WNC residents voice concerns about board supervising sale of Mission Hospital


    SEARCH, a grass-roots organization of concerned residents, along with several other interested groups held what was termed a listening session Tuesday to get more information about HCA’s purchase of Mission Hospital. (Photo credit: WLOS staff)

    About 100 residents from Mitchell, Buncombe and other area counties gathered Tuesday in north Asheville to hear from a panel concerned about HCA’s purchase of Mission Hospital. The deal, according to a Mission spokesperson, is expected to close by year's end, pending Attorney General Josh Stein’s approval once he reviews the contract and all related documents.

    SEARCH, a grass-roots organization of concerned residents, along with several other interested groups held what was termed a listening session.

    Former Missouri Gov. Jay Nixon, who was the state’s attorney general in the 1990s and oversaw HCA's purchase of a Kansas City hospital group, spoke at the meeting.

    Nixon said HCA has been a solid steward of the Kansas City hospital group since, but he urged those listening to make sure the board overseeing a trust established to ensure safety net and other programs has strong powers to oversee and serve as a watchdog group to make sure contract stipulations in the sale are followed.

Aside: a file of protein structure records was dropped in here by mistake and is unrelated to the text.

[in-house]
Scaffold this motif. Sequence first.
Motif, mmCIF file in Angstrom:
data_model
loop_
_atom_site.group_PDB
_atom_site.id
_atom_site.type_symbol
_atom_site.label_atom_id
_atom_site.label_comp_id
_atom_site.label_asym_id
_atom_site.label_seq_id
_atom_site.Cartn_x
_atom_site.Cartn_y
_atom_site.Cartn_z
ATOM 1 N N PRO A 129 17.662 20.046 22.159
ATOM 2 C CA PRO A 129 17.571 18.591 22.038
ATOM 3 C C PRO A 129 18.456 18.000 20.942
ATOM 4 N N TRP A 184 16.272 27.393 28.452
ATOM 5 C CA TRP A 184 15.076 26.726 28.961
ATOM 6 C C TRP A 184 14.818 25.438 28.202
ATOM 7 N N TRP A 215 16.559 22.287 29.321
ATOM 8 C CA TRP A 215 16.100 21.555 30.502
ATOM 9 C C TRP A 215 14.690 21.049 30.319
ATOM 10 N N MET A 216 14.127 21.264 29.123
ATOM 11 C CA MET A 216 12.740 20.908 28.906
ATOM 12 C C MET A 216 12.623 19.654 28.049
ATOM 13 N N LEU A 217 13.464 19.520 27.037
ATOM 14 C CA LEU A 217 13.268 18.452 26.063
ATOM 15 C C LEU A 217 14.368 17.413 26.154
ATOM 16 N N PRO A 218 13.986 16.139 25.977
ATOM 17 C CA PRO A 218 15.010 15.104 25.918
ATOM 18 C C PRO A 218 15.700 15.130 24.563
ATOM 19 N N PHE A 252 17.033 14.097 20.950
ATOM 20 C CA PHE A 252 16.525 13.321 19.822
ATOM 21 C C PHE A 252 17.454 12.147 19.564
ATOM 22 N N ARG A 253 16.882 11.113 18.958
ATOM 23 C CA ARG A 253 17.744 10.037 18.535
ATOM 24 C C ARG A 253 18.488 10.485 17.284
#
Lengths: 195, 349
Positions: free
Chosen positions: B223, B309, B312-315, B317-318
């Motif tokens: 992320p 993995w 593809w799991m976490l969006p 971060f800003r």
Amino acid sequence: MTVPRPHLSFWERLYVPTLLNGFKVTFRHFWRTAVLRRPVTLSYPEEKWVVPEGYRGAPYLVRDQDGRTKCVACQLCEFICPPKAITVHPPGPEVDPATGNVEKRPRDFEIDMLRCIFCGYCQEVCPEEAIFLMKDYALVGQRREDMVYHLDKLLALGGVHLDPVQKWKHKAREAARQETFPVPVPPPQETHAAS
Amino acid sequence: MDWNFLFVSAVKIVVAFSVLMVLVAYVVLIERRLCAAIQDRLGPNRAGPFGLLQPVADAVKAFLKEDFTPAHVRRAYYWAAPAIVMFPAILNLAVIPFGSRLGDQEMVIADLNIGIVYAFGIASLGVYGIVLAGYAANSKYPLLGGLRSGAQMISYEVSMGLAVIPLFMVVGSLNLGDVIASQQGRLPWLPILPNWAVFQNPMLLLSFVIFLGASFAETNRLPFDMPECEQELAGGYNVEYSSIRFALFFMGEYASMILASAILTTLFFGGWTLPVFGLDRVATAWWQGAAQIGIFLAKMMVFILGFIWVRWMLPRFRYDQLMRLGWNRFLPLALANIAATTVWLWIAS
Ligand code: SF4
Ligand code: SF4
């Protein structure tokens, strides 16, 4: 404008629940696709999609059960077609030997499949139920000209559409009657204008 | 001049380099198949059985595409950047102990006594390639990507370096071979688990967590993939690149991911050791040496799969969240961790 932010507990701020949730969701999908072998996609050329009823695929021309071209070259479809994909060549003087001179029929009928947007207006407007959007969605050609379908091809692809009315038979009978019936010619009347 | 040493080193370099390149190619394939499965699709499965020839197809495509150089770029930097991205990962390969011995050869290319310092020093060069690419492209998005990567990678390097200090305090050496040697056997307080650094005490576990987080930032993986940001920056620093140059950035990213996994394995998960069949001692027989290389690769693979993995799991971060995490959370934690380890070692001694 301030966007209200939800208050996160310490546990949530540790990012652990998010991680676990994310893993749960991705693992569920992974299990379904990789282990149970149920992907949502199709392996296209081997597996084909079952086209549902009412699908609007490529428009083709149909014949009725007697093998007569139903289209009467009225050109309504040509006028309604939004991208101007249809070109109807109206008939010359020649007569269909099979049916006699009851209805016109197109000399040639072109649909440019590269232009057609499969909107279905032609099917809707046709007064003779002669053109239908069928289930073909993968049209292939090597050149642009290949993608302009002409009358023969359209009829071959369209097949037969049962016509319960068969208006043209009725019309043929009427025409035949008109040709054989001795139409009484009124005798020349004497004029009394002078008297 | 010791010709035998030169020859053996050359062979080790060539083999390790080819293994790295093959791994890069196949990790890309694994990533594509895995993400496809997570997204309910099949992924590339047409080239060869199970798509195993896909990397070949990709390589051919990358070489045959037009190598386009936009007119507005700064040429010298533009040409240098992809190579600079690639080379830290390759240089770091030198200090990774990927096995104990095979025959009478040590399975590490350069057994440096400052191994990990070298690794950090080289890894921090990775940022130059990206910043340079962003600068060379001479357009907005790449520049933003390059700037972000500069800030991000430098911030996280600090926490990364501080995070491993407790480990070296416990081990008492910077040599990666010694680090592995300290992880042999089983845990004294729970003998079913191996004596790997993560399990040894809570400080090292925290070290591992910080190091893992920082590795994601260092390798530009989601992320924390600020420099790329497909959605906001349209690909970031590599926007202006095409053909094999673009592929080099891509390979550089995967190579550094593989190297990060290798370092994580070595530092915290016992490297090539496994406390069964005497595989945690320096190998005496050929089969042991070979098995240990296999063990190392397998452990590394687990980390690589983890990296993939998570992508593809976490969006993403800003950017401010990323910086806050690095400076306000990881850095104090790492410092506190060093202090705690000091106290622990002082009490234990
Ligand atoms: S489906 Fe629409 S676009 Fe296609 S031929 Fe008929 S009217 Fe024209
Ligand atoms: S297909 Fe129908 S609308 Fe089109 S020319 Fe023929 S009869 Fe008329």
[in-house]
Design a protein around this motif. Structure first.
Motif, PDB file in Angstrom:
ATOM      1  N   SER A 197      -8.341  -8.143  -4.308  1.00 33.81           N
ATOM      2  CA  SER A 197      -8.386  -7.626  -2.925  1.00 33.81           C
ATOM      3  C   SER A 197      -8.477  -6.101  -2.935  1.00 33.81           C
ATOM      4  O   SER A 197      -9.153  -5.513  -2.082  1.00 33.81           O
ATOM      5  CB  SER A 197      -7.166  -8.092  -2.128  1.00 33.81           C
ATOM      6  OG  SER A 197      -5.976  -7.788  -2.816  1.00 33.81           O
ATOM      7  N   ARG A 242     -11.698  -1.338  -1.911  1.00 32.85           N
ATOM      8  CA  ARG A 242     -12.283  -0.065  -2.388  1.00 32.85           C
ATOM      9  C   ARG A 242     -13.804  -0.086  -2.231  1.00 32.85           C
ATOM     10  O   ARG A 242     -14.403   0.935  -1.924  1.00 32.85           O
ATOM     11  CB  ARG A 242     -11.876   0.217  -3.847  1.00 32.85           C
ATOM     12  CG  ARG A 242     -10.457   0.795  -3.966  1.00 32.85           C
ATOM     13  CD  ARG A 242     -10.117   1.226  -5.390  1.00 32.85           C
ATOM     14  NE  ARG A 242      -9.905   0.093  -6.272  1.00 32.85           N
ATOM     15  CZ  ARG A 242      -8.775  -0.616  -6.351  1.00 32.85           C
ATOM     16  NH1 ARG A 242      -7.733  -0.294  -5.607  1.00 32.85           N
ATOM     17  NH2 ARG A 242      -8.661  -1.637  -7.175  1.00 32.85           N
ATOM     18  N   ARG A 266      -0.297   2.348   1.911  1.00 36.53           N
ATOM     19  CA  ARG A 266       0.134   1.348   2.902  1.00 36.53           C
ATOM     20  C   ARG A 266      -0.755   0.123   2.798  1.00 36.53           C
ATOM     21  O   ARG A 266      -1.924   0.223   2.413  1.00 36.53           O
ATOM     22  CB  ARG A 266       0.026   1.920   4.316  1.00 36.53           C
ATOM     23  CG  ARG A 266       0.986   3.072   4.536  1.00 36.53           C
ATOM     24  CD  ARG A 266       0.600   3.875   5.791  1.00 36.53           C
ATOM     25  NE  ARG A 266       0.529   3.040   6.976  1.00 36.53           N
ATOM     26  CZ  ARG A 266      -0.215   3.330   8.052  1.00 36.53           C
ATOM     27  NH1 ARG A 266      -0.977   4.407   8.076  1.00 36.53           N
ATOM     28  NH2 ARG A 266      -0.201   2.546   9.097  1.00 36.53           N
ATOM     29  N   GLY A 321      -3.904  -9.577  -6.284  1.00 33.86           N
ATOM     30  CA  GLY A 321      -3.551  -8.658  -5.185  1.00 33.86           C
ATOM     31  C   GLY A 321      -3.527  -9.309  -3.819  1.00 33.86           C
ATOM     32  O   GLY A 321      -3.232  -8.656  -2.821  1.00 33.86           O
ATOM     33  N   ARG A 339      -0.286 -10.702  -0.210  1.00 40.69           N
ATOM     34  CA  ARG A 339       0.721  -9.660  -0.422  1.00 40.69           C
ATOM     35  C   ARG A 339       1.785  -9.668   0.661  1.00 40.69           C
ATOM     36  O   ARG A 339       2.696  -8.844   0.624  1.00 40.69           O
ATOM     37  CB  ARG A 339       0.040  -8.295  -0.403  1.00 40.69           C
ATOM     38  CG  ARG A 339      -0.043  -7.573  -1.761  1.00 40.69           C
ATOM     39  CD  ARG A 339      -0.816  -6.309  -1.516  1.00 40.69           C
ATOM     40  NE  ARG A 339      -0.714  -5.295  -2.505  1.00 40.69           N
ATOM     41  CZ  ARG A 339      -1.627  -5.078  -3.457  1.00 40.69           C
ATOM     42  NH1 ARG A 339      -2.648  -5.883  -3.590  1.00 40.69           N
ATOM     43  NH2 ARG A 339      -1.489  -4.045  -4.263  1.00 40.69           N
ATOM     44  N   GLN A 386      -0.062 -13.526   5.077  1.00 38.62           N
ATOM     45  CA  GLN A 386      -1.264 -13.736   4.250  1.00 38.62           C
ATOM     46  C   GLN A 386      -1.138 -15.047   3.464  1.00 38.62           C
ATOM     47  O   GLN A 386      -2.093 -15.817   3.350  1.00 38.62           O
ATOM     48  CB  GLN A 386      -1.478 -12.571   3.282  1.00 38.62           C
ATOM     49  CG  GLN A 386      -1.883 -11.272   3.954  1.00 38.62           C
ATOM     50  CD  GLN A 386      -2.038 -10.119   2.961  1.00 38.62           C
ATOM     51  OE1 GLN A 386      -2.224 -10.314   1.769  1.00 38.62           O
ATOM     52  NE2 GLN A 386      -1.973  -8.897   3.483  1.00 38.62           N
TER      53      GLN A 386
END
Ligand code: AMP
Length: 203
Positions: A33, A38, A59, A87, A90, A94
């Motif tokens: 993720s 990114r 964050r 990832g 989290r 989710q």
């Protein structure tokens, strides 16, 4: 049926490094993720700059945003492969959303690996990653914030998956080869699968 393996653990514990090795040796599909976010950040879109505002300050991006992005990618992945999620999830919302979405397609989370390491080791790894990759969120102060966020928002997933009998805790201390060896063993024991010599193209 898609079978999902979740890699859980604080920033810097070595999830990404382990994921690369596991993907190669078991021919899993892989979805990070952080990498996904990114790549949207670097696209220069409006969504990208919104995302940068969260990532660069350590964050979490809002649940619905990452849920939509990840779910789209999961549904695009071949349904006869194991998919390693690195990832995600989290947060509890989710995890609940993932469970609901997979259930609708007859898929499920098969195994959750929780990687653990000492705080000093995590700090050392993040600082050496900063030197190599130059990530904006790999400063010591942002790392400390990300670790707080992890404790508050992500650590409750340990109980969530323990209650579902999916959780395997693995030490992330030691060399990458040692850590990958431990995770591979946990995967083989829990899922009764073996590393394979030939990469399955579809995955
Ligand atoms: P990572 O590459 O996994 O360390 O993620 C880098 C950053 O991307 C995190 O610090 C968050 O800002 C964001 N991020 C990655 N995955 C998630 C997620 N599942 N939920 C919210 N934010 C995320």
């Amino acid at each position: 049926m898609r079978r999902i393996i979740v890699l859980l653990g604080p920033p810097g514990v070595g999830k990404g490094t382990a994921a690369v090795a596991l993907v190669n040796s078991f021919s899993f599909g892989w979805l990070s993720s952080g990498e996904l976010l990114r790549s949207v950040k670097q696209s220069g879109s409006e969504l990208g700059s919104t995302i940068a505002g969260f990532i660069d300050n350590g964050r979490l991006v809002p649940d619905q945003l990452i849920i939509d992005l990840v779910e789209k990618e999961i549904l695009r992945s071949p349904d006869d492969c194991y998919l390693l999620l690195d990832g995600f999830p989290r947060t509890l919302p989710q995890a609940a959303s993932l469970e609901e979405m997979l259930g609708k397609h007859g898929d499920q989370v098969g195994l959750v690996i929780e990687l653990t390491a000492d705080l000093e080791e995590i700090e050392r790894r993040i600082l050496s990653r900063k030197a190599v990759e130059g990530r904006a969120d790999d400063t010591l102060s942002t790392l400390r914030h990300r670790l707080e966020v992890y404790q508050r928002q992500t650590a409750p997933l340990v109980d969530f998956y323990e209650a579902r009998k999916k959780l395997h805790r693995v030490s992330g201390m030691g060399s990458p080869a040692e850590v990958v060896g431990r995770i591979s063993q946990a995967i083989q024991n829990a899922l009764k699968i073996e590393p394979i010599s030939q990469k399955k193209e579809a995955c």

“They (HCA) have obligations to stockholders, they have obligations to the bottom line,” said Nixon, who will also be meeting with Stein this week.

    “The choices made here can literally affect people for generations to come,” Nixon said, referring to the establishment and execution of stipulations for the trust created out of the Mission Hospital sale.

    Panelist Carmen Ramos-Kennedy, president of Asheville Buncombe County NAACP, said she had met with the Dogwood Board president about concerns she has over the panel's lack of diversity.

    “The people on the board all have prior relationships with Mission,” Ramos-Kennedy said. “It’s outrageous that eight people of the nine are white, seven of them are white men.”

    When asked for comment, a Mission spokesperson said a request for comment had been made to the board president, but News 13 did not get a response back.

    Several who attended the listening session said they would like to see HCA staff out speaking to communities about what their plans are.

    “Mission Health leadership has met extensively with members of the community, local groups and elected officials throughout the region for the duration of the process,” HCA spokesman Ed Fishbough said. “It is our intention that these leaders will continue in their roles after the transaction is completed. HCA Healthcare has been focused on finalizing the transaction so we can build on Mission Health’s over 135-year tradition of caring for Western North Carolina. We have been meeting and continue to meet regularly with the Mission Health team in anticipation of the transition, and we look forward to continuing Mission Health's excellent reputation for quality healthcare and operations.”

    Rowena Buffett Timms, senior vice president of government and community relations for Mission, said the sale and associated valuation has been reviewed by Cain Brothers, a division of KeyBanc Capitol Markets. Cain Brothers lists itself as a pre-eminent healthcare investment bank. On the company’s profile page Cain Brothers states it’s deep knowledge of the healthcare “industry is matched with the knowhow needed to efficiently execute the most complex transactions of all sizes.”

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